10. humans are tribal. I find that I often want to correct people about the "real" ULC. I suspect it is because i have come to feel a member of the tribe ULC and the ULCM is not that tribe. As to the original question.. I identify as Agnostic. I lean Athiest, but the term is not consistently understood, so using it often leads to misconceptions. Agnostic is not even well known, so it allows a chance to explain. I suppose I could say "questarian" and define it as I like.
  11. I once felt that way, but I have come to the conclusion that, those who understand math rule the world. I do regret ignoring it in my academic career. In part because now, as I consider turning a two year degree into a four year degree, I am being blocked by my innumeracy. And in part because data crunching is about math, and data crunching is how one comes to understand truth. There is an arguement to be made that, for most peoples lives, these answers are accurate enough, just as many believe that knowing only basic math is enough. I don't agree with those arguements, but I can see them.
  12. I am, for the summer, free of homework, officially. That isn't as I had planned, but my maths are deteriorated severely, so I didn't qualify for the class I had "hoped" to take. Doing some unofficial homeworks..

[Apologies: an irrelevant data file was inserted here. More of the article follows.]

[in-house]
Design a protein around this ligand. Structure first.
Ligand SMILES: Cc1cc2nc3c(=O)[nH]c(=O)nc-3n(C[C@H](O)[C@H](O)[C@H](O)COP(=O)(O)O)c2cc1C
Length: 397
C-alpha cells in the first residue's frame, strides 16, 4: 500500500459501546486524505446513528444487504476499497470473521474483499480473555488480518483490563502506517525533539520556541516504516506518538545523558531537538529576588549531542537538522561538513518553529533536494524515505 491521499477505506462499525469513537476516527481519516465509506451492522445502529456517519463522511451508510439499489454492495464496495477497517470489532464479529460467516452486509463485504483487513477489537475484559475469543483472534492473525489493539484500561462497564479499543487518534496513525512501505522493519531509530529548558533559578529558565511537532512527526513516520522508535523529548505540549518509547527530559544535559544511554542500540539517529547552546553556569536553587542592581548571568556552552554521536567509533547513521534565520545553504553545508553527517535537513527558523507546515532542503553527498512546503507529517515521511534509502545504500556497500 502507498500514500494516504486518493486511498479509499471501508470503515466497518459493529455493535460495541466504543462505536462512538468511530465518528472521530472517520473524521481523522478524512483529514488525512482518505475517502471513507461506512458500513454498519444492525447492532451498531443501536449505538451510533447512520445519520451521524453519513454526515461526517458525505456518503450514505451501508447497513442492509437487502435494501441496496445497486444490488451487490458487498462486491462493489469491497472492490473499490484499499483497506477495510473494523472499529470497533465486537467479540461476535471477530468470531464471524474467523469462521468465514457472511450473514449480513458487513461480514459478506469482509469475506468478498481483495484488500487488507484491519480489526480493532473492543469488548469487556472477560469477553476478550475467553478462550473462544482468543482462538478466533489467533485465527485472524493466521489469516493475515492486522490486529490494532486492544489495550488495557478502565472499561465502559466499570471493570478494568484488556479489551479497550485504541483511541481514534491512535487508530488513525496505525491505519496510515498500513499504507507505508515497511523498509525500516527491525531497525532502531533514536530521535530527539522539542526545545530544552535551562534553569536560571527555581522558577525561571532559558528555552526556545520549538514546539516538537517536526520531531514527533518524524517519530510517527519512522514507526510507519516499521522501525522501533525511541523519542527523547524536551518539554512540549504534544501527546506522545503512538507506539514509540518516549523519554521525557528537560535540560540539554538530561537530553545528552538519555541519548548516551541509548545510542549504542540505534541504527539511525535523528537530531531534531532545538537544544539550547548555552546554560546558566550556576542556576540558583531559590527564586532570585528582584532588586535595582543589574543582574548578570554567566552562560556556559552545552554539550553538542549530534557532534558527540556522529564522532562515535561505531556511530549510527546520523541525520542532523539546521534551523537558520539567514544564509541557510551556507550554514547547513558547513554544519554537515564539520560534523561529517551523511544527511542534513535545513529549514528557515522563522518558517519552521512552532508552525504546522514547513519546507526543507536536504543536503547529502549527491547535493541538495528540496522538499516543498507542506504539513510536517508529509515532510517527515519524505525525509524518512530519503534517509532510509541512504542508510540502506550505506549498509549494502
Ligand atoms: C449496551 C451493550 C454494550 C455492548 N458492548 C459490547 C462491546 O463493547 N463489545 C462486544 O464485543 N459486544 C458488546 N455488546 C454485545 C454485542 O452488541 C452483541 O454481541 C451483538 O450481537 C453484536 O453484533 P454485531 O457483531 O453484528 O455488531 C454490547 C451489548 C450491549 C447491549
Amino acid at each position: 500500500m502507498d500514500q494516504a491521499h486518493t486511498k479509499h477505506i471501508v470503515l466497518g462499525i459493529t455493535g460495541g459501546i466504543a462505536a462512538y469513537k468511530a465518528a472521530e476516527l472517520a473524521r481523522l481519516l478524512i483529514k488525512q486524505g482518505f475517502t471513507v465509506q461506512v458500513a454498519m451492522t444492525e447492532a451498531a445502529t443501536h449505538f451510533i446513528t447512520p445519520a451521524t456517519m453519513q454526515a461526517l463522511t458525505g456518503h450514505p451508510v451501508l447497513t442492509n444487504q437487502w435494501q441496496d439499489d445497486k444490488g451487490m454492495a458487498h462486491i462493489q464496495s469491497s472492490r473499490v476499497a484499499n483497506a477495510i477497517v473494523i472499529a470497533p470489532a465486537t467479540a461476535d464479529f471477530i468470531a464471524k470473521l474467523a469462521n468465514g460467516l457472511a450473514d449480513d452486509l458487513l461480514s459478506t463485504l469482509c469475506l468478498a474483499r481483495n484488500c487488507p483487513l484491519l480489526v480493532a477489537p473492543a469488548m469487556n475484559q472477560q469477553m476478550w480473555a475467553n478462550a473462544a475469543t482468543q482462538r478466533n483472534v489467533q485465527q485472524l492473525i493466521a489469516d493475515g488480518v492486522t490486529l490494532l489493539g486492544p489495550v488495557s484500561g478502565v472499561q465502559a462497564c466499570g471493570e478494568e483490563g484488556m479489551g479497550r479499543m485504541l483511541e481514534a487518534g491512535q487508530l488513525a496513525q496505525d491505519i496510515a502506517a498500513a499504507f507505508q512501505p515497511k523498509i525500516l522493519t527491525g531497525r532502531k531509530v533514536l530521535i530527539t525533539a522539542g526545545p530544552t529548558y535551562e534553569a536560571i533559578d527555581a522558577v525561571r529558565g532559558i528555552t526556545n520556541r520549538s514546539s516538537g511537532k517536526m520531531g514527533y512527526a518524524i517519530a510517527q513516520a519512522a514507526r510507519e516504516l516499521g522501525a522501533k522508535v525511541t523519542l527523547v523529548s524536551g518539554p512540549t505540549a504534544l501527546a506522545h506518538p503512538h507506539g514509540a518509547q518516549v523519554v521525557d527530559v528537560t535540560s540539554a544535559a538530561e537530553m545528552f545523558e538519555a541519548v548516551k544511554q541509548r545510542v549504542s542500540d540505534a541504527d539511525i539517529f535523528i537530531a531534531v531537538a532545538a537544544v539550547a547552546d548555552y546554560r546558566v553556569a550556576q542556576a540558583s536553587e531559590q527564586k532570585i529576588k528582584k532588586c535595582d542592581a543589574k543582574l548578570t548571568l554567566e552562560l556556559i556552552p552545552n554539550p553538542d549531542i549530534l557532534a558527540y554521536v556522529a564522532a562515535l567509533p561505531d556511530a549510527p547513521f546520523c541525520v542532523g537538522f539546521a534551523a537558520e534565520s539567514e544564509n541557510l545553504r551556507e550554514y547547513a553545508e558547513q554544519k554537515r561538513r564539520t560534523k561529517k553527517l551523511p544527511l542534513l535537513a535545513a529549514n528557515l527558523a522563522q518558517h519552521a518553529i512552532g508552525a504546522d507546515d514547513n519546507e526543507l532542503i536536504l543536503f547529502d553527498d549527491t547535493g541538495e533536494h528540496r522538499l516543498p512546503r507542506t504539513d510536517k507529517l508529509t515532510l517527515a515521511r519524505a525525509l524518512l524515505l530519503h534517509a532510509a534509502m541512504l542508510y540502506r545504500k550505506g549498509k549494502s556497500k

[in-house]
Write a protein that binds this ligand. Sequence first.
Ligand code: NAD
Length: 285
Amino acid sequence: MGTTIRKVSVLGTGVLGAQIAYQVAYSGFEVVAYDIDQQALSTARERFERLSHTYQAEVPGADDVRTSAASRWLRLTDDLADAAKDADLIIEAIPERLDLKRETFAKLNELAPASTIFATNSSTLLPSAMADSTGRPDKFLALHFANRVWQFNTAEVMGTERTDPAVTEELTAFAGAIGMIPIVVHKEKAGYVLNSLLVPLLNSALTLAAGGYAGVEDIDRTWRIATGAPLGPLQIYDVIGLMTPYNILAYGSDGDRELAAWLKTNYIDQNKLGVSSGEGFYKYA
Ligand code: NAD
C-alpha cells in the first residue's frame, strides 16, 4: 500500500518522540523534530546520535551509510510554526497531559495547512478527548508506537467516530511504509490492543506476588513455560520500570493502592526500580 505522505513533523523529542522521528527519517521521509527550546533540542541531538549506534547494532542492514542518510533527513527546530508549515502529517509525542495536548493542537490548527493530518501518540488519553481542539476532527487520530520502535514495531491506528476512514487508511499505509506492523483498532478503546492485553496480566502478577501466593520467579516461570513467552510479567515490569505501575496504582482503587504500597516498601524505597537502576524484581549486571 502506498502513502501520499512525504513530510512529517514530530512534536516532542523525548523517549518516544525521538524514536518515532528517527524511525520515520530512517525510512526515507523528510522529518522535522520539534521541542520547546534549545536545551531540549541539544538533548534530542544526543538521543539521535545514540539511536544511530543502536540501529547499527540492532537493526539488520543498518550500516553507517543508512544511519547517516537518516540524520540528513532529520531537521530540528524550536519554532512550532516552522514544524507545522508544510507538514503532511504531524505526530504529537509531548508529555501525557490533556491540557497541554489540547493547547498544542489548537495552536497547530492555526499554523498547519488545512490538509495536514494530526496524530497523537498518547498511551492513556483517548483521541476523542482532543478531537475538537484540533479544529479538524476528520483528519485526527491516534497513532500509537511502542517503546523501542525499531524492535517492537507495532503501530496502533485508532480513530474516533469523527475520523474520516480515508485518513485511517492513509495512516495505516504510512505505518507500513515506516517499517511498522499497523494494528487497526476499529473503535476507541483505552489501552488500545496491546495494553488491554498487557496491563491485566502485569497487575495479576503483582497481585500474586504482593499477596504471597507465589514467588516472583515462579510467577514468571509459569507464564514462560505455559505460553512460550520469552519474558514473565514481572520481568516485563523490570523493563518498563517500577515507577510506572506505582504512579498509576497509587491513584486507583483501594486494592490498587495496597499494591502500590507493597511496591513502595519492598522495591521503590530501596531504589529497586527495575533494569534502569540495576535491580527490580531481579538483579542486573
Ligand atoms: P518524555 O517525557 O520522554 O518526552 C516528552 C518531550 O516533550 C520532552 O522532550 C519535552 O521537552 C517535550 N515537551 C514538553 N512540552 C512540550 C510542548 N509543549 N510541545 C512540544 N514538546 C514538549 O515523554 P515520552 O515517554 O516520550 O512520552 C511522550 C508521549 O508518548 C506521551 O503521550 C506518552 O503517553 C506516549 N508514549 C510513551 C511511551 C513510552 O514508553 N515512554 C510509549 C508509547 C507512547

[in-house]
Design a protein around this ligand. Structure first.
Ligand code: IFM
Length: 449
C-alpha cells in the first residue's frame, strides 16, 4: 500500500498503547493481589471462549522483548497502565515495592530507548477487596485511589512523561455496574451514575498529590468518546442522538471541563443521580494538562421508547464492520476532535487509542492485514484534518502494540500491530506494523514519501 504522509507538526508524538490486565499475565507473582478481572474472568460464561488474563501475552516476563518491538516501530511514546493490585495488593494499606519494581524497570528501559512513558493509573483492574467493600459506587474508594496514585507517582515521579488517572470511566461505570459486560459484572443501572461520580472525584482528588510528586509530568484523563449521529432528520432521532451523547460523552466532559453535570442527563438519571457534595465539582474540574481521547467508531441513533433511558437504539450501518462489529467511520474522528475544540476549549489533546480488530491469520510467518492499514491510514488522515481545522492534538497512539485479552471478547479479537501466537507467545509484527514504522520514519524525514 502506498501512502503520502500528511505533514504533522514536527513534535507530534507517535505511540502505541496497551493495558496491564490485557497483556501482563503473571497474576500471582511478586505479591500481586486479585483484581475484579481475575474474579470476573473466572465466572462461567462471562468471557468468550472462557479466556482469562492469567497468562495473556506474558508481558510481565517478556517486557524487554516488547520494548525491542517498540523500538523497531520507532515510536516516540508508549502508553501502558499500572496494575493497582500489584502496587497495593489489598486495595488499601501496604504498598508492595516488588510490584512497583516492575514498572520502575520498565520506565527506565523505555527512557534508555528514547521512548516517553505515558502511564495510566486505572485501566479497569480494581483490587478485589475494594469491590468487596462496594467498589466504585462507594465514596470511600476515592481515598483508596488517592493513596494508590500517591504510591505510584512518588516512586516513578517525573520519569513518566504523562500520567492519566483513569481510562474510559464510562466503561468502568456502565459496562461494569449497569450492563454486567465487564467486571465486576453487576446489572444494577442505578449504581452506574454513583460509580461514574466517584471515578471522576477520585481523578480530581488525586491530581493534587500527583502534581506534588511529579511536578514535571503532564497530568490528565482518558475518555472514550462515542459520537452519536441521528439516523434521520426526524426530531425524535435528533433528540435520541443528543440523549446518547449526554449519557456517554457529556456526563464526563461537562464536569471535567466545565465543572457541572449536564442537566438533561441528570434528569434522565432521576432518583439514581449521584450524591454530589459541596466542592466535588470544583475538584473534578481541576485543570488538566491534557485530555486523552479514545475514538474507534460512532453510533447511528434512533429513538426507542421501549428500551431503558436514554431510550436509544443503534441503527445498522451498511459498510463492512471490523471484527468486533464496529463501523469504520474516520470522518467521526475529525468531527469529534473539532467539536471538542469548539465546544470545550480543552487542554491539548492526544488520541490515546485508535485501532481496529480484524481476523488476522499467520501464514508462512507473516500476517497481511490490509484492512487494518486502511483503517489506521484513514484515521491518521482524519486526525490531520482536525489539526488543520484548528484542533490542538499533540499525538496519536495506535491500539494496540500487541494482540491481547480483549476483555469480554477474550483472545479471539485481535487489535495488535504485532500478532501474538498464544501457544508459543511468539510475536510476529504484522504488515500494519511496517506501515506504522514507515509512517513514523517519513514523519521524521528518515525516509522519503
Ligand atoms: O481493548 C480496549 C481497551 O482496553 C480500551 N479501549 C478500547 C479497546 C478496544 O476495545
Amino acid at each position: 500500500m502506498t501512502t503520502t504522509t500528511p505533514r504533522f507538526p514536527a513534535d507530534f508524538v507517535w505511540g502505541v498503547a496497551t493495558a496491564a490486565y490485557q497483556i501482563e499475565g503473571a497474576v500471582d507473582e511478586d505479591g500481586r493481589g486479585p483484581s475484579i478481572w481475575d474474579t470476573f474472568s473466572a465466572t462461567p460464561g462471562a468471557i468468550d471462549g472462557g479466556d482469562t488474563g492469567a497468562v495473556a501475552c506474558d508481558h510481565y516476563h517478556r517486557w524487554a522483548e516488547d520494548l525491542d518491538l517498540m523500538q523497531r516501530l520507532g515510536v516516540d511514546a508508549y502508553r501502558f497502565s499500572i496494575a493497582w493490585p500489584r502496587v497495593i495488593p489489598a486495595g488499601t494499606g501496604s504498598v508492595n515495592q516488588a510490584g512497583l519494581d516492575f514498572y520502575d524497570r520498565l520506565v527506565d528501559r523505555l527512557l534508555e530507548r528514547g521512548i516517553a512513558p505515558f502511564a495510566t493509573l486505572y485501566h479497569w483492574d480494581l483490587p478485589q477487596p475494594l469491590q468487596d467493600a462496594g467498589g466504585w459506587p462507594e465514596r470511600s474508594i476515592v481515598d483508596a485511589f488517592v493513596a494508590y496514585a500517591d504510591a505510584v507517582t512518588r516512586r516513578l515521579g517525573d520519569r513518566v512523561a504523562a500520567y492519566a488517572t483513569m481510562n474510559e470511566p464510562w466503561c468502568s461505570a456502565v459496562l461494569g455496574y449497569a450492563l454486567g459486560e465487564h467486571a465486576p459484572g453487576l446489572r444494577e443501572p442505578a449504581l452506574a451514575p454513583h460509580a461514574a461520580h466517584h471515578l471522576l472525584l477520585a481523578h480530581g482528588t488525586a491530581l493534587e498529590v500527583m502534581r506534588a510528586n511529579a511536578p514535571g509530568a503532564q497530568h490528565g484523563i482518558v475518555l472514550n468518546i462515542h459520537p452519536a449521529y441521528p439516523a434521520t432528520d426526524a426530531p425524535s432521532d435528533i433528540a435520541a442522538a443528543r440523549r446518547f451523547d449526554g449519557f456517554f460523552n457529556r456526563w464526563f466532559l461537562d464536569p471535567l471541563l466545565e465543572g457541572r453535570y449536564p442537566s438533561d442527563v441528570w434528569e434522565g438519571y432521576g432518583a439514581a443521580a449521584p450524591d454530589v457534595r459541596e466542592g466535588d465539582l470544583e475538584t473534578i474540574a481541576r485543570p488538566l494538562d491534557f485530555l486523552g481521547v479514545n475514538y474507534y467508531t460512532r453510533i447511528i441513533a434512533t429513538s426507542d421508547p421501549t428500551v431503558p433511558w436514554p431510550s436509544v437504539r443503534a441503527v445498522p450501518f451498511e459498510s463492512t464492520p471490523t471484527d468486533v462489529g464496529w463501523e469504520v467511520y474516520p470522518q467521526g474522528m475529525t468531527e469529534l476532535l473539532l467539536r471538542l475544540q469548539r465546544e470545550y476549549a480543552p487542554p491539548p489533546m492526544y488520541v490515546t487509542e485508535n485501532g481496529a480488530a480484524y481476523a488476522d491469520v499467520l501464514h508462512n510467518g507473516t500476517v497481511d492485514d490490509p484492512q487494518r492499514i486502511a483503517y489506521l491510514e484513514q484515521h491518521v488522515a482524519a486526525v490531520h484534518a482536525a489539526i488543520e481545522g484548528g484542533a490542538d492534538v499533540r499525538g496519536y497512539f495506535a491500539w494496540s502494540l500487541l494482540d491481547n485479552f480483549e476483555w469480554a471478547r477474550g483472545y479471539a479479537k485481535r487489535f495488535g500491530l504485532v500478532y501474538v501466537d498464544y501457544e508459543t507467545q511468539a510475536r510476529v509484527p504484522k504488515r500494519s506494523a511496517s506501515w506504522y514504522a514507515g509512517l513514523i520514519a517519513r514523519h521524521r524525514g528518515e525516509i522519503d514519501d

13. Honestly, I hadn't though about it. Probably, mostly. When I do, I think in terms of words with specific commonly known definitions. (if people are gonna get all chatty, I am going have to start logging in more often.) This is the most common reason for words to be deemed unacceptable. People are jerks. Handicapable was an attempt, I suspect, to create a term that would be difficult to use pejoratively. And to an extent, it worked, because it is too awkward a term to toss off as an insult, and makes little sense abbreviated. However, it is awkward all the time, so not really a solution. I like to think that most often it is intended to protect, but it becomes the tool for classifying people as jerks, sometimes unjustly. This reminds me of the scene in Clerks II about the term Porch Monkey. The usage and meaning of words changes, unless we calcify them. hmm. Others have addressed the weakness of a single study. I will point out that honesty does not always improve a situation.